Atlantic Union is a long-established acoustic trio from St. John’s, Newfoundland. Their third CD Homeward features a new thematic approach as well as a change of personnel since their last album, 2004’s The Whole Dance. With the departure of Andrew Lang and the arrival of Jane Ogilvie, Sally Goddard is the only member of the band remaining from its original 1997 incarnation. However, Sally’s vocals have lost none of their power and purity, and the newer faces maintain Atlantic Union’s tradition of instrumental versatility. There’s something of a shift in focus on the material, too: there’s more emphasis on original songs, and the instrumentals are airs rather than dance tunes.
- The theme of ‘the pull towards home’ is set from the beginning by Sally Goddard’s ‘Two Coves And A Bay’. This song about the part of Newfoundland where she’s lived for the past 30 years has an irresistible, almost Irish lilt, though Sally’s roots are actually in England. Her guitar and voice are complemented by Jane Ogilvie’s harp and Dan Rubin’s octave mandolin, dulcimer, viola and string bass.
- The ‘Loch Tay Boat Song’ is a beautiful tune, beautifully sung by Sally with harp accompaniment from Jane. based on one collected in 1870 and published in Songs Of The North, edited by Sir Harold Boulton, who is credited as writing the words.
- ‘She’s Like The Swallow’ is a Newfoundland folk song, played here without a vocal part by Jane and Dan on harp and violin respectively. The sleeve notes describe this as “an exquisite melody” and I completely agree.
- Dan Rubin’s ‘A Clear And Ancient Harmony’ is loosely based on Thoreau’s poem Inspiration, with a cheerful melody and Dan’s vocal and guitar augmented by Sally’s harmony and Jane’s accordion and recorder.
- ‘Hush, Hush’ (also known as ‘Smile In Your Sleep’) is Jim McLean’s haunting song about the Highland Clearances, set to a pipe tune version of ‘Mist Covered Mountains Of Home’. Jane’s gentle vocals are augmented by her own harp and accordion and Dan’s octave mandolin and violin to good effect.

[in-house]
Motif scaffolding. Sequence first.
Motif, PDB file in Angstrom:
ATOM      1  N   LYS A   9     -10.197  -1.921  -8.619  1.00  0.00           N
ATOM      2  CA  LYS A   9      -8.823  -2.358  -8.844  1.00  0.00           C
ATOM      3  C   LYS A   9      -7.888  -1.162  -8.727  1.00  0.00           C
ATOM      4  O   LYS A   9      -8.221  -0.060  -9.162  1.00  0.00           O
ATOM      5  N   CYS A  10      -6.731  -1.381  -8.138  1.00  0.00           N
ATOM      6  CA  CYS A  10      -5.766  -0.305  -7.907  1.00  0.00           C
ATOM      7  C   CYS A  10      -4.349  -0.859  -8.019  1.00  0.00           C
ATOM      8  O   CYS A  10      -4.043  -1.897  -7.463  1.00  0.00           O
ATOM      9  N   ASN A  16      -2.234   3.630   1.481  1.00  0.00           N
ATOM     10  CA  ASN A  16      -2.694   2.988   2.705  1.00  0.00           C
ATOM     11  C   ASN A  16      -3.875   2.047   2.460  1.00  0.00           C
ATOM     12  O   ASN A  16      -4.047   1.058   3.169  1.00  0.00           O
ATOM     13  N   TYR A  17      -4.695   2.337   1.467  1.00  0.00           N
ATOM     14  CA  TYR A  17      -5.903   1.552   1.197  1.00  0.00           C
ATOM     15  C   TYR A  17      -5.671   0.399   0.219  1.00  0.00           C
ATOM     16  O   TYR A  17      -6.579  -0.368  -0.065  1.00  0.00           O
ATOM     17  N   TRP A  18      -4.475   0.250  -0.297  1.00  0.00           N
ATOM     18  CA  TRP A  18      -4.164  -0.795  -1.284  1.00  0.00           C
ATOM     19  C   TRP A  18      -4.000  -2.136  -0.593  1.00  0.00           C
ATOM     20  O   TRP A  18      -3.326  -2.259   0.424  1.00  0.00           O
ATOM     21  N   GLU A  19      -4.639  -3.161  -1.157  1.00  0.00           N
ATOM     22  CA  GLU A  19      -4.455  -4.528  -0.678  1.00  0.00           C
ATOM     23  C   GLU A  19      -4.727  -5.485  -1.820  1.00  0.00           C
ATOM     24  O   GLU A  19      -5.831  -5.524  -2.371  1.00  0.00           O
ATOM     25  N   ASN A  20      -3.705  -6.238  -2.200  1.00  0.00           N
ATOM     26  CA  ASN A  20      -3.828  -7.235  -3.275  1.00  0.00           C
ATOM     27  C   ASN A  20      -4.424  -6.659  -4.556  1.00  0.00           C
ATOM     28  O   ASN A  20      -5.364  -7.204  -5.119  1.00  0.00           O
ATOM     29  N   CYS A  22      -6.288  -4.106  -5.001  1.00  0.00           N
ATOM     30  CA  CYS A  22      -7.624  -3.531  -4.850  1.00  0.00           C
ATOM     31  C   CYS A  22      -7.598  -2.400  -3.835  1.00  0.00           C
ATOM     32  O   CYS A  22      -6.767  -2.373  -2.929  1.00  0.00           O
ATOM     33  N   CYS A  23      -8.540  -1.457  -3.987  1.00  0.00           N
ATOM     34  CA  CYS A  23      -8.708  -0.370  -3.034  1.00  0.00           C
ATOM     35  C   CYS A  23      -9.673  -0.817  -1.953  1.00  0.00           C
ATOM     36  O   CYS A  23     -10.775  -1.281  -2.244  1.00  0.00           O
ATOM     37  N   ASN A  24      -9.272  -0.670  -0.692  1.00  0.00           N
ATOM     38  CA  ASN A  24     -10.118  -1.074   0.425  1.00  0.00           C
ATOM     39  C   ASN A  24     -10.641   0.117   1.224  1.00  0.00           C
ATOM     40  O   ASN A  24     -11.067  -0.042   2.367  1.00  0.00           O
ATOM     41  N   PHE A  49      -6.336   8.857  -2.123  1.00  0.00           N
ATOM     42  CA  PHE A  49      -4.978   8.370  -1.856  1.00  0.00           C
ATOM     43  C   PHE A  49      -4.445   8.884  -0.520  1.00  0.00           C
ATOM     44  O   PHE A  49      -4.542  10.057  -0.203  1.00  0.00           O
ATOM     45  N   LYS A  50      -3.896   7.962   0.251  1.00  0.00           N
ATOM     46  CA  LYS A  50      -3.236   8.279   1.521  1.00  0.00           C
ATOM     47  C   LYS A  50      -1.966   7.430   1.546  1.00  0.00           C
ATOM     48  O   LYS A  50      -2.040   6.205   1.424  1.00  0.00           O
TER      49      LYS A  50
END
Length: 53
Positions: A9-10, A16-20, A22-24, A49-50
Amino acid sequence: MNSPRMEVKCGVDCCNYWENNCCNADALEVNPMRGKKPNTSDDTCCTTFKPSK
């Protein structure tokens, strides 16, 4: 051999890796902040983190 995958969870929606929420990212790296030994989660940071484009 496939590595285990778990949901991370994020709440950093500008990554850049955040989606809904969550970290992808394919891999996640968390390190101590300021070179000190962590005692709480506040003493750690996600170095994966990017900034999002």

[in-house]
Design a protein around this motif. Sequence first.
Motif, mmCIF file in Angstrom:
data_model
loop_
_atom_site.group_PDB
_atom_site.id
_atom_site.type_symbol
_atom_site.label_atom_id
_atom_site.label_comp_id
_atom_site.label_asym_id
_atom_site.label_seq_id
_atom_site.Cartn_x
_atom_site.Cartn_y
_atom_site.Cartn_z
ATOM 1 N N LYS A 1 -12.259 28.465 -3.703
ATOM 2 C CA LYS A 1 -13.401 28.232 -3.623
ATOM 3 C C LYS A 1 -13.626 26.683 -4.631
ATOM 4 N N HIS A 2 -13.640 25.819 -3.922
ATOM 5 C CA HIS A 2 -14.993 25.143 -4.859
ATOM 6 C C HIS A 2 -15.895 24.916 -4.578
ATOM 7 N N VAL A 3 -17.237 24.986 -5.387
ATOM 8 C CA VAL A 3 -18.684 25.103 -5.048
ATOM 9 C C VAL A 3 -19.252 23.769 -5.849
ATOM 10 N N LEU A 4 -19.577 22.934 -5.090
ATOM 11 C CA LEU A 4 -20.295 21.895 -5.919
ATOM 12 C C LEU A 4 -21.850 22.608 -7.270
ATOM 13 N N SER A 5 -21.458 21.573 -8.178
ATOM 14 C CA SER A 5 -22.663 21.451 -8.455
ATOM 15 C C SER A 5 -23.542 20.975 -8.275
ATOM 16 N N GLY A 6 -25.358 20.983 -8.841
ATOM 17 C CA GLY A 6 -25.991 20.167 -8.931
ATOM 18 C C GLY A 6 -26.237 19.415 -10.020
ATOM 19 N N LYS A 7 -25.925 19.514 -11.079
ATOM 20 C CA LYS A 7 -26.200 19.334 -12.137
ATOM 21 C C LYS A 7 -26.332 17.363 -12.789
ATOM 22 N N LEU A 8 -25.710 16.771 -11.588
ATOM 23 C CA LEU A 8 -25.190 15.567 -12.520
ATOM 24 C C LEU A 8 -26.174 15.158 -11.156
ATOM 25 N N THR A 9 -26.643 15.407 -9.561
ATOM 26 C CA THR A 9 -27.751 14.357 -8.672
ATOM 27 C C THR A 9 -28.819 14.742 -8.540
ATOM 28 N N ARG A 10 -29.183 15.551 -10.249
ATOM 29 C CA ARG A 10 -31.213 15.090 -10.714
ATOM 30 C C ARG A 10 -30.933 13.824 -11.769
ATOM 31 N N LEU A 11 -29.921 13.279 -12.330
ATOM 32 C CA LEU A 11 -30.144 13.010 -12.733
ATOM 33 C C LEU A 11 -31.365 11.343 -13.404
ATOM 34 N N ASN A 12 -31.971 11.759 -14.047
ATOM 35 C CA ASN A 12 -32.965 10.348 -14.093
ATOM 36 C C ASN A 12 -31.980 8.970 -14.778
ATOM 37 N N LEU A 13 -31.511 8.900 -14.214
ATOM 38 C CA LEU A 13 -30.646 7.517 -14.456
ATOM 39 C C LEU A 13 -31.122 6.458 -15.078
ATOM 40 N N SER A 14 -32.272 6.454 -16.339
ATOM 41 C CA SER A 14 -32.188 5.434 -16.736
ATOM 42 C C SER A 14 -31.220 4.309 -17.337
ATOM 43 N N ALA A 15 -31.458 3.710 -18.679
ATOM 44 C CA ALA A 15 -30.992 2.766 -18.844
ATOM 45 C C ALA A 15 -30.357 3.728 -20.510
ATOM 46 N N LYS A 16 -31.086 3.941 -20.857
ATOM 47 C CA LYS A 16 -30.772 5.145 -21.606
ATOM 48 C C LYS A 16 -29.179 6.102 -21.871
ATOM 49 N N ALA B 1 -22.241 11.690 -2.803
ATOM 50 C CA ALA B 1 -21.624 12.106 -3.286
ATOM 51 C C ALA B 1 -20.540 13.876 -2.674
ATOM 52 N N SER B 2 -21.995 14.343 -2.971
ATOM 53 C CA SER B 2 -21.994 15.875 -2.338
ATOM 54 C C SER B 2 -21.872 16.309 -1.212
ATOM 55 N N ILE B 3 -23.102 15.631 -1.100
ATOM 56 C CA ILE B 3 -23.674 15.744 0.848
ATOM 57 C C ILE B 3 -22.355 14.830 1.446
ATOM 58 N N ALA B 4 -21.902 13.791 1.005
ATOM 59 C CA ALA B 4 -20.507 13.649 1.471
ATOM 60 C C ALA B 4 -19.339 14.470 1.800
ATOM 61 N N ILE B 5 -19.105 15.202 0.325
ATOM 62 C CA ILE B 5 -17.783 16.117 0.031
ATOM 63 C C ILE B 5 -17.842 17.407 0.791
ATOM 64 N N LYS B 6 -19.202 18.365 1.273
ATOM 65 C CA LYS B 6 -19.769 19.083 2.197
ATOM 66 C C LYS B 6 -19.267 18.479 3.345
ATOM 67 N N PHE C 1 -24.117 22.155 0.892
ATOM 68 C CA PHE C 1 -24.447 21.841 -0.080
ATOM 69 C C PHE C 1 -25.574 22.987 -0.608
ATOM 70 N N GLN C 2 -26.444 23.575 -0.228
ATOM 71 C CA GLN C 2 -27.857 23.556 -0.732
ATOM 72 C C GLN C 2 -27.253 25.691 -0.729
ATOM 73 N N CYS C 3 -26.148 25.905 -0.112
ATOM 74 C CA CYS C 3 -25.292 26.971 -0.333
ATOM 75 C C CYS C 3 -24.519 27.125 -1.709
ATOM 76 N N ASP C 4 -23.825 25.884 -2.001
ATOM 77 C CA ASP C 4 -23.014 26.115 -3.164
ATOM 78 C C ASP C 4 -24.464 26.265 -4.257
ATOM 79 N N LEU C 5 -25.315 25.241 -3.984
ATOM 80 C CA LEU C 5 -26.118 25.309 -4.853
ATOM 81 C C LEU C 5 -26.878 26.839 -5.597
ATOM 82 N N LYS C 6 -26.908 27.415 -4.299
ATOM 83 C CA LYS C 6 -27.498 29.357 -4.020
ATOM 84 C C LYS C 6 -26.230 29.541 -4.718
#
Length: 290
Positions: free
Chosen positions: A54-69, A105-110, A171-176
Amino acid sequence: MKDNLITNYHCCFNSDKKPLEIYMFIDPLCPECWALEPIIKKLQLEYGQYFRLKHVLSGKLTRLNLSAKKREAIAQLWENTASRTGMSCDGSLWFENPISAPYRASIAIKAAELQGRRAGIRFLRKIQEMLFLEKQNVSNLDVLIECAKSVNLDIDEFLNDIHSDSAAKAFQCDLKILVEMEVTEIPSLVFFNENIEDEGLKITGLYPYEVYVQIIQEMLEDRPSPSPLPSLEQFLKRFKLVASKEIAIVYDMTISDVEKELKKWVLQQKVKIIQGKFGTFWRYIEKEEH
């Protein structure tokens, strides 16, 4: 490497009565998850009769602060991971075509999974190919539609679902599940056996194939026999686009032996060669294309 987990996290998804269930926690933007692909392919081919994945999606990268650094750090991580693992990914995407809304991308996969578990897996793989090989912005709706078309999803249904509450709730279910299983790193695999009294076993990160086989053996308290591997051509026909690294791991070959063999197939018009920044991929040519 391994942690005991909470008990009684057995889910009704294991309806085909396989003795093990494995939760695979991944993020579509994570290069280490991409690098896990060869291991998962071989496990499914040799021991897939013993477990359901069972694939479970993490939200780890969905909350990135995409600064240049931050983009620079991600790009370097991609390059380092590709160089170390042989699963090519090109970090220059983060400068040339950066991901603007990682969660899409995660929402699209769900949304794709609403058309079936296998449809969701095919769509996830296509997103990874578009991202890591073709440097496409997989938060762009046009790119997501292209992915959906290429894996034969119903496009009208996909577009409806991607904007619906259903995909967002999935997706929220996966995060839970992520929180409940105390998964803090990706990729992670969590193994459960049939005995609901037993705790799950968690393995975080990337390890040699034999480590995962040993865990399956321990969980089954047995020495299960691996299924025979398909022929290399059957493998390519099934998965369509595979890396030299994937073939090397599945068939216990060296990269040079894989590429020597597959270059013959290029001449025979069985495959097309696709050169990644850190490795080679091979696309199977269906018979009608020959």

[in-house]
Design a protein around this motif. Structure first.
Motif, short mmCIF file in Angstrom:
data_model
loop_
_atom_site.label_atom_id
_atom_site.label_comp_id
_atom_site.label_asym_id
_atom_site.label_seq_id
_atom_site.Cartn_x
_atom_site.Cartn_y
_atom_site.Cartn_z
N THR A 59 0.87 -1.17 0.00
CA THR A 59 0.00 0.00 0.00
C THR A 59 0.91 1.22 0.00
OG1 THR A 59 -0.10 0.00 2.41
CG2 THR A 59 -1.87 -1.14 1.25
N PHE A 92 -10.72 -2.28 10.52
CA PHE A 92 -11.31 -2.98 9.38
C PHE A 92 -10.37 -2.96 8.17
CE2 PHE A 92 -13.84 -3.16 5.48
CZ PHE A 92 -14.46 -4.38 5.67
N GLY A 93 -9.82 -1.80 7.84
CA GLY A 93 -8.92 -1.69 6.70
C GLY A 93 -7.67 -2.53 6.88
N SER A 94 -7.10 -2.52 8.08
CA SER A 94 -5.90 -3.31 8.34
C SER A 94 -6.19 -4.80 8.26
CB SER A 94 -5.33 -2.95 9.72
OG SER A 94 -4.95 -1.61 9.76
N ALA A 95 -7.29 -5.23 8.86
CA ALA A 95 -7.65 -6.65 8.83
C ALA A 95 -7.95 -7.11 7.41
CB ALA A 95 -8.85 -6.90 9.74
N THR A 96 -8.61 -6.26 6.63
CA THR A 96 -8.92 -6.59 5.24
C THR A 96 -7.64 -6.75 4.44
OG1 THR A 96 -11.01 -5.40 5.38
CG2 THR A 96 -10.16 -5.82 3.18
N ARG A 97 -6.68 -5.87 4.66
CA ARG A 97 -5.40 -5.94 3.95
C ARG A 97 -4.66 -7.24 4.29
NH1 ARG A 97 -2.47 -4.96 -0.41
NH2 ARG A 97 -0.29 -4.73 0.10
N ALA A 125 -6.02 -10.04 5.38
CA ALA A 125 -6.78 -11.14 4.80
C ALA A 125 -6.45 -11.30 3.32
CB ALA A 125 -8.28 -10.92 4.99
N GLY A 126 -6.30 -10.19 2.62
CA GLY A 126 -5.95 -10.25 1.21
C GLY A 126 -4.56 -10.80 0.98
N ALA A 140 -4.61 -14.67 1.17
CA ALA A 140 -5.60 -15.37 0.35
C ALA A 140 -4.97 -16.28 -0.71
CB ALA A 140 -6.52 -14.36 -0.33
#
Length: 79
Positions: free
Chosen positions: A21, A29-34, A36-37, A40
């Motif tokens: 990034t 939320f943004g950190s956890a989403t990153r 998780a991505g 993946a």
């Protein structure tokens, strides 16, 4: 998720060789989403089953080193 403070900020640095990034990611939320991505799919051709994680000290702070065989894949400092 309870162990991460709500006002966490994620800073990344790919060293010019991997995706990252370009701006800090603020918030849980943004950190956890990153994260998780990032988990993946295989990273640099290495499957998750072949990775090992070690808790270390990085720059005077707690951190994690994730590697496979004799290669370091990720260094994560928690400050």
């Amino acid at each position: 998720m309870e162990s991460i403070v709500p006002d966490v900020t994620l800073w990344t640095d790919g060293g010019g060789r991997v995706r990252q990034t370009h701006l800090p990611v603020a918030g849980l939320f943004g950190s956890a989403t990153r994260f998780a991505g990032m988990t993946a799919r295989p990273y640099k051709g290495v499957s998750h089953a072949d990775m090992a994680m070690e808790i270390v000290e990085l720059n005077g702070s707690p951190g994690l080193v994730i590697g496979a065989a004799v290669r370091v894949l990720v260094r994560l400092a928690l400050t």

- Otto Kelland’s ‘Let Me Fish Off Cape St. Mary’s’ has been described as “the unofficial anthem of Labrador and Newfoundland” and describes the emotions of a homesick sailor longing to return to small boat fishing off Newfoundland. A simple accompaniment by Dan on guitar and Jane on accordion suit Sally’s accomplished vocals to perfection. One of my favourite tracks.
- ‘Waltz Around The Cape’ was written by Newfoundland songwriter Jim Payne, to a sprightly waltz rhythm carried by the guitar, bouzouki, bass and accordion accompaniment.
- Dan’s song ‘The Singing Stone’ is loosely based on the story of Jumping Mouse as told by Hyemeyohsts Storm in Seven Arrows. Dan takes lead vocals and plays guitar, bouzouki and string bass, with additional vocals from Jane and Sandy MacDonald. Curiously, it has an almost pop-y feel, a bit like a folk-rock interpretation of a forgotten Buddy Holly song. Which is by no means a bad thing: at any rate, it’s definitely growing on me.
- ‘Carolan’s Dream’, sometimes known as ‘Molly McAlpin’ was written by William Connellan, though O’Carolan is said to have played it often and to have preferred it to any piece of his own. It is played here, appropriately, as a solo harp piece by Jane, and a lovely piece it is too. I’m not the first person to note that ‘Stairway to Heaven’ may owe something to this tune, but then Led Zeppelin did, in their more derivative moments, borrow some excellent material.
- ‘Roads Go Ever On’ is another of Dan Rubin’s songs, based on Bilbo’s song from The Hobbit. Dan takes vocal and guitar, while Jane adds harp and accordion.
- Bob Pegg’s ‘A Dram For The Singer’ was written about a Scottish fishing community, but sounds just as appropriate for Newfoundland. Another favourite track, beautifully sung by a double-tracked Sally and accompanied by Dan on guitar, bouzouki and string bass, and by Jane on accordion. Actually, I don’t think it would be hated here in Cornwall, either. I may have to work on that…
- ‘Homeward Bound’ is not Paul Simon’s dolorous song about life on the road , but a piece by Marta Keen Thompson well known in choral circles, especially as arranged for the Mormon Tabernacle Choir by Mack Wilberg, and deservedly so. Atlantic Union’s version is, unsurprising, less ambitiously arranged: just Sally’s voice, Jane’s harp and accordion, and Dan’s octave mandolin. But it works beautifully, and makes a thoughtful and satisfying end to the CD.
While a typical Atlantic Union set draws on a wide range of material from both sides of the Atlantic, in this case Canada is such a strong presence as to be almost a fourth member of the band. The result is an atmospheric, somewhat nostalgic set that manages to be both emotionally charged and uplifting. I’m looking forward to hearing where they take us next.
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